Ready to test your little grey cells? Imperial’s best minds set the ultimate puzzle challenge.


If you follow my rule with 15, then you’ll surely get 74. The routine can then also be seen, with what number you wish – say a score! With a score you can get 71, but with five just 80 you’ll see. So perhaps you can figure for fun, what the answer with 30 will be.

Set by JAH Hunter in Fun with Figures, submitted by Robb Gosine, postgraduate student

See the answer

See the answer

Answer: 30 becomes 65

Very hard

You are standing at the centre of a circular field of radius R. The field has a low wire fence around it. Attached to the wire fence (and restricted to running around the perimeter) is a large, sharp-fanged, hungry dog. You can run at speed v, while the dog can run four times as fast.

What is your running strategy to escape the field?

Set by, submitted by Naran Gorsia

See the answer

See the answer

Answer: The strategy is to run in a circle of 0.2146R < radius < 0.25R until the dog is on the opposite side, then make for the fence like the clappers.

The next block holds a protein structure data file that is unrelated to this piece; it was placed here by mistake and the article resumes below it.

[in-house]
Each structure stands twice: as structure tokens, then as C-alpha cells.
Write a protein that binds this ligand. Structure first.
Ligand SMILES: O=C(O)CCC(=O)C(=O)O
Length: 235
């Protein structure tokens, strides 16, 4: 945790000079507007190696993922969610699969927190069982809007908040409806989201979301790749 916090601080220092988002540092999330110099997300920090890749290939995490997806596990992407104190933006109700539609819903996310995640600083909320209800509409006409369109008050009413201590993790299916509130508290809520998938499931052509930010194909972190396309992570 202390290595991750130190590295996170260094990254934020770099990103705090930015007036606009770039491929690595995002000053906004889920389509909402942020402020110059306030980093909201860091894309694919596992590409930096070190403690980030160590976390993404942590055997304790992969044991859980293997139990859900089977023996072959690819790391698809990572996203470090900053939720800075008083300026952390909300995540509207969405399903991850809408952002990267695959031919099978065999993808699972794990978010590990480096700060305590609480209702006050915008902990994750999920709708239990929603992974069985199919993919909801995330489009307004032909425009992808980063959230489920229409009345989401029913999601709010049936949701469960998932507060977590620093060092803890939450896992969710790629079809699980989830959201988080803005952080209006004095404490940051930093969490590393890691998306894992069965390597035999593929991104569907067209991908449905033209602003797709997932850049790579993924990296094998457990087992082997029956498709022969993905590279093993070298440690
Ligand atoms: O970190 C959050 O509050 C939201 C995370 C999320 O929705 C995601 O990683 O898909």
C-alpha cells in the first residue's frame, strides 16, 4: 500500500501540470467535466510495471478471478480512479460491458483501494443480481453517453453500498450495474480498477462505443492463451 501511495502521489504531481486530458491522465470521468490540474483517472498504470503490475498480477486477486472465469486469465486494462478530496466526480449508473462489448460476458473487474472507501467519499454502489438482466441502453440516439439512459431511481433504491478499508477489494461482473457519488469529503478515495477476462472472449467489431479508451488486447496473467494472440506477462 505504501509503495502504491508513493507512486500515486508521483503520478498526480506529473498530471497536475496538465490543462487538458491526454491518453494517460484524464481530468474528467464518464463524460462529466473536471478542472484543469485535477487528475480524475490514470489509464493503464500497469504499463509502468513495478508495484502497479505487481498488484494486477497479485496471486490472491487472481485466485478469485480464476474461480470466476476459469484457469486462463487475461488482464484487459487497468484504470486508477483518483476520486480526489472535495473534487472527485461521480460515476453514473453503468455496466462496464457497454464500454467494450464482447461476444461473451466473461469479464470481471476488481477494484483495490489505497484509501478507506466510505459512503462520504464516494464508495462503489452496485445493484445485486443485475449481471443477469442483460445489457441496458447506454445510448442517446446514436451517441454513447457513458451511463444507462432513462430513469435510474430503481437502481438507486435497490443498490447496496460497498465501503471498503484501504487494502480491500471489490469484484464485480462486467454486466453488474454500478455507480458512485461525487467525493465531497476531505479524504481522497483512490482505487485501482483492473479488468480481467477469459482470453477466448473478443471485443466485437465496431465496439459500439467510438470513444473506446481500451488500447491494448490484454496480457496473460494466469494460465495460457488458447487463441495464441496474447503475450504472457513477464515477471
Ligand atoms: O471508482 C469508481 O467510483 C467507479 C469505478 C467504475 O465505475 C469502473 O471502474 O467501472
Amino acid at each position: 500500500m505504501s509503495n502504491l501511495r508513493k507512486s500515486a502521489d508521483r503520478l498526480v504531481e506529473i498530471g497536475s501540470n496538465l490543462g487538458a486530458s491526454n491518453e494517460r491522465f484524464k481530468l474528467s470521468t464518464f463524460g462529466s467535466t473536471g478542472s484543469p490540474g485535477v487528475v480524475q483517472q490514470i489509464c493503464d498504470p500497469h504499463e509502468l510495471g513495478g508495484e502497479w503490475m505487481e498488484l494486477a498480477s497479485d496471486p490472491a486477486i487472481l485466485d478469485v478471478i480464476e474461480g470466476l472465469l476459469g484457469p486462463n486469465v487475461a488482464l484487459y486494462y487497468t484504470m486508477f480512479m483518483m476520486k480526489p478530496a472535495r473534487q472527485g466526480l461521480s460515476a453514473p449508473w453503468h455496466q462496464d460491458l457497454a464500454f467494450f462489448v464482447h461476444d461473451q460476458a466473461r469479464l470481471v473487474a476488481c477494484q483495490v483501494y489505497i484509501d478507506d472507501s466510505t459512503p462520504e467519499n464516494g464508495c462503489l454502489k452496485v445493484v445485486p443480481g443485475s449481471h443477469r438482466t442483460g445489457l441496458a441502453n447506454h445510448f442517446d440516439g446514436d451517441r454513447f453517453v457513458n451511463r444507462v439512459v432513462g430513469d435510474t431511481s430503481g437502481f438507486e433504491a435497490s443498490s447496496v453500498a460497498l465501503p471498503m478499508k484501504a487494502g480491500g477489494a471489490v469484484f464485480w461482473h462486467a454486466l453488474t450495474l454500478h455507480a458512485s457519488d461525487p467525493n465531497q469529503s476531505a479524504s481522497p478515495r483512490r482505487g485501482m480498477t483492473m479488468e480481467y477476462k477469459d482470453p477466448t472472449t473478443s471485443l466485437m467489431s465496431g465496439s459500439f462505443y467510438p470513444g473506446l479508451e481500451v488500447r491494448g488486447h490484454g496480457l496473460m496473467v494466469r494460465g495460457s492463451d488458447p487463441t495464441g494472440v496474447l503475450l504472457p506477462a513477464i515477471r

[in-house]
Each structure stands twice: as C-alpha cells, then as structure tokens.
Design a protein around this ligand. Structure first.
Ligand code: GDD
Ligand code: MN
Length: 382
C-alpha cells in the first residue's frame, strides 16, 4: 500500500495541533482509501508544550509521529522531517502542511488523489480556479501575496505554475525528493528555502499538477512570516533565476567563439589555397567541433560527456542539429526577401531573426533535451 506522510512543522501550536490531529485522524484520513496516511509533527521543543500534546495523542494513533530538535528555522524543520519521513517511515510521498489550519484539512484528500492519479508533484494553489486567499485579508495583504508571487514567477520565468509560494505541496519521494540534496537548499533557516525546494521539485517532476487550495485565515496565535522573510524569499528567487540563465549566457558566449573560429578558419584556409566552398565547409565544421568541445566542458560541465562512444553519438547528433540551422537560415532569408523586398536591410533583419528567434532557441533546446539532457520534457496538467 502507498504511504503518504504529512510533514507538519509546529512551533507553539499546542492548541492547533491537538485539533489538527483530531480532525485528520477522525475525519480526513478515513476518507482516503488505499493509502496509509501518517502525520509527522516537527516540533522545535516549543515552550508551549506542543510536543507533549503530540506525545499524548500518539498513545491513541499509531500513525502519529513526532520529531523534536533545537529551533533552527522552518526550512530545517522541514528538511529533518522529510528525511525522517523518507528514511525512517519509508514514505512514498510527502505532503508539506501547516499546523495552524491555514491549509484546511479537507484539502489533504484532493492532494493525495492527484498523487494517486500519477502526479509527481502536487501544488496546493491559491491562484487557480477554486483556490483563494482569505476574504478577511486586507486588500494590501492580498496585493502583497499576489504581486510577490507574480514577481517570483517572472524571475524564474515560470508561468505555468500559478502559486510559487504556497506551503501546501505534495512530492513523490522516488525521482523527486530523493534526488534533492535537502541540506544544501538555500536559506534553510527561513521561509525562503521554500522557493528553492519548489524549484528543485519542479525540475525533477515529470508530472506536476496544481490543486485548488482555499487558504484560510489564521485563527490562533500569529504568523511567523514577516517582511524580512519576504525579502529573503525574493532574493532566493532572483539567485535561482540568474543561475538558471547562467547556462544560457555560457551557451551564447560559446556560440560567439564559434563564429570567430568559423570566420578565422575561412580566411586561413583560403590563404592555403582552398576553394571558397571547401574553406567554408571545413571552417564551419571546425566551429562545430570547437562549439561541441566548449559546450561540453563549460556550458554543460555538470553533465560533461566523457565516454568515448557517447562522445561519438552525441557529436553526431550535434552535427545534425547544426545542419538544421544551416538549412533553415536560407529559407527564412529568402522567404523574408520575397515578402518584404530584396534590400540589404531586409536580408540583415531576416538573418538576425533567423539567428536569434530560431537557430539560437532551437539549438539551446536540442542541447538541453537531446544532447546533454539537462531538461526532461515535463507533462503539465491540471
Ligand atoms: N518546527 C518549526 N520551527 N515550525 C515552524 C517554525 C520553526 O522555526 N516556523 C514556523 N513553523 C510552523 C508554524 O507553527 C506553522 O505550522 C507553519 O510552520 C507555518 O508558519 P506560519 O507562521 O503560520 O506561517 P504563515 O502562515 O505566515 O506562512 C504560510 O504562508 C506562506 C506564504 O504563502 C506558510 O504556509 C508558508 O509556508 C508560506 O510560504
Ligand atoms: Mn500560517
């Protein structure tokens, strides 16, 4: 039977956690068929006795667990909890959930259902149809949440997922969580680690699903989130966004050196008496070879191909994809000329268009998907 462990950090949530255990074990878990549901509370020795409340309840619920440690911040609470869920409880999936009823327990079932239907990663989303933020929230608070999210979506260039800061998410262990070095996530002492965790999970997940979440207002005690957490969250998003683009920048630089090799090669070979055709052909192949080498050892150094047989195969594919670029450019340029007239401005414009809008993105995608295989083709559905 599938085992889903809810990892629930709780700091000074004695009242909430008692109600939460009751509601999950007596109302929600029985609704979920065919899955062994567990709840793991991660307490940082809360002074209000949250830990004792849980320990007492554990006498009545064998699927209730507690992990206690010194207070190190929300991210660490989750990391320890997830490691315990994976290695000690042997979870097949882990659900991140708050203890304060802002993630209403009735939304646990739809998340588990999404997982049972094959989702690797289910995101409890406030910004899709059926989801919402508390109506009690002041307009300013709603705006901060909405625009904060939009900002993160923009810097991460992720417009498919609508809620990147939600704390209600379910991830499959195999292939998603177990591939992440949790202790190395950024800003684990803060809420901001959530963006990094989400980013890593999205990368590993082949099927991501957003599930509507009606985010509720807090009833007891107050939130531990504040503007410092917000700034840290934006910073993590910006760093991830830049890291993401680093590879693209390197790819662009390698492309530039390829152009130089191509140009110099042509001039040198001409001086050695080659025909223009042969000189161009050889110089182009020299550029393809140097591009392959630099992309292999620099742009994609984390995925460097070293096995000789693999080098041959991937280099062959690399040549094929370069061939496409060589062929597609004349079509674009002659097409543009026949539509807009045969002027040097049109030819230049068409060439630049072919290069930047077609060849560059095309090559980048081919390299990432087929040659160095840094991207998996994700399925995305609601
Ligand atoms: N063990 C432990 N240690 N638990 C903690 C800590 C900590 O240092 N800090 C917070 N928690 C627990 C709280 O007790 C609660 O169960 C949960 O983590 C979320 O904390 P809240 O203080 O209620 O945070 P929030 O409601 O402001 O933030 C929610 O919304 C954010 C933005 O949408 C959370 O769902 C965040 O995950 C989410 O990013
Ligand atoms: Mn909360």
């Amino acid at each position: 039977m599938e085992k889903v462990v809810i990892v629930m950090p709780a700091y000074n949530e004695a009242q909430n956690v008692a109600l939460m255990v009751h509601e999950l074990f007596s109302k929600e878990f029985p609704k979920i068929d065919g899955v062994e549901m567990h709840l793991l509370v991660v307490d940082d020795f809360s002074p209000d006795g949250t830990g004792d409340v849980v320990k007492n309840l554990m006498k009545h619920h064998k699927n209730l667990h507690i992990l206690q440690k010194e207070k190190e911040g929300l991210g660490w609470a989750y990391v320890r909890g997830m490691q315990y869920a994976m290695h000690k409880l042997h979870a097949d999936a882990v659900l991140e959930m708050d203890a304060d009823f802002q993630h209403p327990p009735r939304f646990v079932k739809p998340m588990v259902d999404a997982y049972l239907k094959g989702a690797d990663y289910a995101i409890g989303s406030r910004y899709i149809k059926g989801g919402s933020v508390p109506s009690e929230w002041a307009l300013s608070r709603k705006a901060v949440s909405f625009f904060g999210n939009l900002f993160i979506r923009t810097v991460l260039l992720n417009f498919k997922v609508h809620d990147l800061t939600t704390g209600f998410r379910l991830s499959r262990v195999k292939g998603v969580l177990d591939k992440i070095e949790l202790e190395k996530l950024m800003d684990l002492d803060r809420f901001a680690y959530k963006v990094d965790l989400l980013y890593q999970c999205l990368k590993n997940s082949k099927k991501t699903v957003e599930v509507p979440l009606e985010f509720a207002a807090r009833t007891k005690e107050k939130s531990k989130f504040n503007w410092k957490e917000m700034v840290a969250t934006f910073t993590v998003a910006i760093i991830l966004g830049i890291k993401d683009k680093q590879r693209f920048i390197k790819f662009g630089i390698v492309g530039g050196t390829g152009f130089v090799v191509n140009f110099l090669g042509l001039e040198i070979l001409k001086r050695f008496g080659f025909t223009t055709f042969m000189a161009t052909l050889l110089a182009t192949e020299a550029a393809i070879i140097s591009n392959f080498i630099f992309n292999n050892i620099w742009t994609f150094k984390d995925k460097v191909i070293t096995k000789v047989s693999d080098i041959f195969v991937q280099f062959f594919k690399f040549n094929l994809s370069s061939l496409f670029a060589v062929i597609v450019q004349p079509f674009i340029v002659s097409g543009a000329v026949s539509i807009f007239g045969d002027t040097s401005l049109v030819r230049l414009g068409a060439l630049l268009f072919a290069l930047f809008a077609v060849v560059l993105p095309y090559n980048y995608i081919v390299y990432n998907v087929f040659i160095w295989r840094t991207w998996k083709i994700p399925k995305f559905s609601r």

Other possibilities

It seems possible that there are other solutions, such as a spiral giving an angular component to your velocity. This would not work if your direction of travel was always away from the dog, (as in Θdog + π,) which was my first thought because at some point all your velocity would be angular. We could assume the dog would always move so as it would always run to try to match Θhuman. This seems solvable. You would need to consider that your radial velocity would be less than V because there is a tangental component. You could model with different angular velocities.


A scientist calls an old school friend – who is an artist – to arrange a drink that evening.

The scientist, who prides himself on his accuracy, sets the time for them to meet. Both of them arrive at the correct time but the artist arrives 30 minutes earlier than his friend.

How is that possible?

Set by Pete Champ (BSc Electrical Engineering 1984)

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See the answer

Answer: The scientist chose the time using the 24 hour clock "22.10". His friend understood "twenty to ten".

How to enter:

Senders of correct solutions for two or more of the puzzles will be entered into a prize draw to win a book e-voucher for the value of £10.

Congratulations to everyone who found the correct solutions and well done to our winning puzzlers:

  • Martin Marriott (MSc Civil and Environmental Engineering 1981)
  • Jon Tyrell (Mathematics 1974)
  • Daniel Hughes (Mathematics 2014)
  • Caroline Ellick (née Barnes, Agriculture and the Environment, Wye College 1999)
  • Suna Bull (MBA Management 2005)
  • Timothy Hartshorn (Mathematics 1966)
  • Stephen Marsh (MSc History of Science, Medicine & Technology 2011)
  • Hector Oti Floranes (Physics 2004)
  • David Lloyd Owen (Physics 1972)
  • Tabea Stoeckel (MSc Environmental Technology 2021)